We already produce some parts, and we are developing an integrated system. The end solution will be a box [a sort of central processing unit] with integrated brake management.

Are there any vehicles on the road with such systems made by Brembo?

Not in production yet. We are talking about brake-by-wire to various customers. When you touch a product that affects safety, you have to be careful. Nobody wants to make mistakes, but once someone starts, all others will follow.

What are the main advantages?

Less fuel consumption because you don’t have a hydraulic circuit that needs to maintain pressure and there is no exhaust oil to get rid of.

Will the search for integrated solutions have you move down into the mass market?

No. We are not cost leaders, so we have to be price leaders. The lower part of the market would not pay for our kind of engineering content.

Because Brembo serves the premium market, does this mean in China you are limited to boosting business with European automakers’ local joint ventures?

That’s our current position. But we did, however, open an r&d center dedicated to China to be closer to Chinese customers whose cars are aesthetically pleasing but still lack technological content. The more you help them develop future products for export to Europe and the U.S., the easier it will be to supply those vehicles.

What is your business forecast for 2019 in Europe, the U.S. and China?

I expect we will be able to grow our global business in 2019 despite an overall flat car market. I foresee a slight decrease in the U.S., a slight improvement in Asia, which will be significant in absolute volume terms, and a flat Europe. Our premium positioning makes us less sensitive to volume contractions. Therefore, we stay in positive territory in the U.S., where we benefit from the technological upgrading of some sports cars from cast-iron brakes to aluminum or ceramic ones. We follow the growth of the Asian market, and in Europe we operate in the very high range, so there is nothing to worry about.

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Brembo had a record 360.7 million euros ($413 million) in investments in 2017. Will it continue at this level?

We had a high investment cycle, as we are opening three plants in Poland, Mexico and China. I expect 2018 to have a lower level and a slight decrease in the coming years.

Do you have any joint ventures that help reduce the costs of r&d?

So far we keep everything in-house. You have to know how everything works before you can delegate some parts of the work.

How would a tariff war effect your business?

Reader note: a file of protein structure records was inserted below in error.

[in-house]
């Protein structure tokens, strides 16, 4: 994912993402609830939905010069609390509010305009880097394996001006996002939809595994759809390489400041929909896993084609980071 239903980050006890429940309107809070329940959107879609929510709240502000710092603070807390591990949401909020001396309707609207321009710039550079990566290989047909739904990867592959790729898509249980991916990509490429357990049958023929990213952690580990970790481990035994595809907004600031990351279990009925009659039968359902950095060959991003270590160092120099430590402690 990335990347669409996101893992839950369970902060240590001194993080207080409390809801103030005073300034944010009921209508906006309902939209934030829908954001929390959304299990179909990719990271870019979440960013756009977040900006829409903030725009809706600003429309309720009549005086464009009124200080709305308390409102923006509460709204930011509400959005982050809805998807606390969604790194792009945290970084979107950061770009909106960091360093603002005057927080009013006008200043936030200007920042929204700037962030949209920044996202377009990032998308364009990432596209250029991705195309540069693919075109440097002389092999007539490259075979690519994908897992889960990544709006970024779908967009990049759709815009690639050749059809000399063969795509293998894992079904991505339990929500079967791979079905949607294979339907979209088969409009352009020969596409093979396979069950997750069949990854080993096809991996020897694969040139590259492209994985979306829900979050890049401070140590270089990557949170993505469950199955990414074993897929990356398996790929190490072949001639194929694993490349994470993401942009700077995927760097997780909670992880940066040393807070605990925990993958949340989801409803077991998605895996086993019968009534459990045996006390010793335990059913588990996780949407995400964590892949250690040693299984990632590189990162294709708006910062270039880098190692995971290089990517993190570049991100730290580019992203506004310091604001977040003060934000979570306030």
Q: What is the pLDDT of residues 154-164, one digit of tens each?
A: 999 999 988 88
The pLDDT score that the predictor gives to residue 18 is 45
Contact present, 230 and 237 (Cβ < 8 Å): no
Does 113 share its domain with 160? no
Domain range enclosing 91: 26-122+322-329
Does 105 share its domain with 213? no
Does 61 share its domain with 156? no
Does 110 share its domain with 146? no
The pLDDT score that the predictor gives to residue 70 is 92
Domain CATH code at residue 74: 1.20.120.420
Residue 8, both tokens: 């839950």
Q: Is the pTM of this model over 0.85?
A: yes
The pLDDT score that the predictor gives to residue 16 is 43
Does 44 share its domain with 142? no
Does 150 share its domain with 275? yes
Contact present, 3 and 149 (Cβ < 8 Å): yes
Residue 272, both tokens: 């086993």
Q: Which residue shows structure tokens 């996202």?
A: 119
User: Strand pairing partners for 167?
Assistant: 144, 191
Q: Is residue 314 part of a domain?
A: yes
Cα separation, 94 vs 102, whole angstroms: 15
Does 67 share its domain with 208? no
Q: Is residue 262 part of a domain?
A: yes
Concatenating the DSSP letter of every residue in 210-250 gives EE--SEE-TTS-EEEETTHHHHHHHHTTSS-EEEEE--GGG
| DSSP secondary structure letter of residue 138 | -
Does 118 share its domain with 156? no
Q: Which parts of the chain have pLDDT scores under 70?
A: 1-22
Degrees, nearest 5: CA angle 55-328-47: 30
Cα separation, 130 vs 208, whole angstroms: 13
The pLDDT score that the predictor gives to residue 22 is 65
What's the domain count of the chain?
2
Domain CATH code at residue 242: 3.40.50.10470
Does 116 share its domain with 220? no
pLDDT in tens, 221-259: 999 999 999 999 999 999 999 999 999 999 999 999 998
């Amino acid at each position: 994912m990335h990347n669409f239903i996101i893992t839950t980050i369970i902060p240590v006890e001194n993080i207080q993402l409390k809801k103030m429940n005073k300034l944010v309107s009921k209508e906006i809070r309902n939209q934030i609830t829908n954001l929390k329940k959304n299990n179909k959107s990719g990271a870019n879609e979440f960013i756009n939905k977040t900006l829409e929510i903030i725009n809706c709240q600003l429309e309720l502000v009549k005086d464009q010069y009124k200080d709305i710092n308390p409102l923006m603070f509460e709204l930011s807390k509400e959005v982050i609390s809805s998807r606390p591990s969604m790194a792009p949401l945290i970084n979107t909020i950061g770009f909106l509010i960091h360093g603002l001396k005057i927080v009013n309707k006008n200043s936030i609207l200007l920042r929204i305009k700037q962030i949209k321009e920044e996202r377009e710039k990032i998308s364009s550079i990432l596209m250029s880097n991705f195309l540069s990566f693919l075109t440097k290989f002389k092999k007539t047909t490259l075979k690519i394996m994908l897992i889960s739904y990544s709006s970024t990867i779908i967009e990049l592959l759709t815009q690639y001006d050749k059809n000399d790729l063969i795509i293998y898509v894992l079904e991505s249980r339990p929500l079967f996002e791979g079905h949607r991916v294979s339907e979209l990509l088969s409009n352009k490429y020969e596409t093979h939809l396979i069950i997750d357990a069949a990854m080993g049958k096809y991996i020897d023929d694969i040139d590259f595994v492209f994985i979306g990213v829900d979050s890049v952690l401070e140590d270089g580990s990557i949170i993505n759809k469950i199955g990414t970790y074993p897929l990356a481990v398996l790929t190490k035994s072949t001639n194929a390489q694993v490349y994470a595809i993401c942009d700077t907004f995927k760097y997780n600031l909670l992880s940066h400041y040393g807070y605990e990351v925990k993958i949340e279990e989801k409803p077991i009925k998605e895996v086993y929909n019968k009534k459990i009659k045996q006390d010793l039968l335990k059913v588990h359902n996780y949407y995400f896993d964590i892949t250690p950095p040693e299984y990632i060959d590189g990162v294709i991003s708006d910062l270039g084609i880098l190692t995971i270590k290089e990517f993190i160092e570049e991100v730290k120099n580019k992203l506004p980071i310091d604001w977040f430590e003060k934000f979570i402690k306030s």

On paper it shouldn’t be a problem, as we keep production and sales geographically aligned, even for brake calipers. In the real world, our customers will be affected; so we will, too. If the U.S. imposes a 25 percent tariff on a Porsche made in Germany, which we supply, the eventual drop in sales volume will affect us.

Brembo supplies BMW’s U.S. plant. Let’s suppose BMW moves half of its production to Europe to avoid European tariffs on U.S.-made products. How do you replace the lost business in the U.S.?

Our U.S. salespeople will have to wake up every morning with an idea about finding new customers. Actually, we could manage these kinds of figures with our plant flexibility; bigger numbers would be a problem.

Have you been hit by steel tariffs?

So far, so good – touch wood. We haven’t because we produce in the U.S. [and buy steel there].

How about your carbo-ceramic brakes business? How many do you produce per year?

Business is going well, within an important phase of tech development. We are close to opening the new carbon factory in Curno, [Italy, which is close to Brembo’s headquarters in Stezzano]. Customers who buy cars with carbo-ceramic brakes as an option choose that option more often. Porsche, for example, has it as a standard only on the very high end of its range, but customers ask for it when it’s an option.

Did you solve the industrialization problems to also offer carbon pads with carbon discs?

We now have carbon pads, which are needed only for extreme uses – basically on the racetrack and only for true racecar drivers. Besides, they are still extremely expensive.

What is the ratio between the cost of a carbo-ceramic disc and a steel one?

The industrial cost is about 1,000 euros versus 150 euros for a traditional one. The manufacturing process is still very complex and expensive, and the volumes are very low: 250,000 discs per year versus millions of traditional discs.

In your world, you own all the relevant intellectual property, the products and the tooling. Can any of your customers get the rights to a specific design?

A brake caliper is not like a tire; it is specific to a car. I cannot take a caliper made for a Mercedes and put it on a BMW or vice versa; it is physically impossible. Each caliper is tailor-made, and we always have here at least 70 cars to test for development of the brakes, together with the customer. That is true for discs, too. Our aftermarket department has several thousand product codes and each year has to develop all the ones for newly launched cars.

In the past, Brembo used to supply complete suspension modules to Porsche. Is it still the case?

Yes, but it won’t last long because it’s dilutive for us. We buy the suspension, but our margin on it is lower than on our brakes.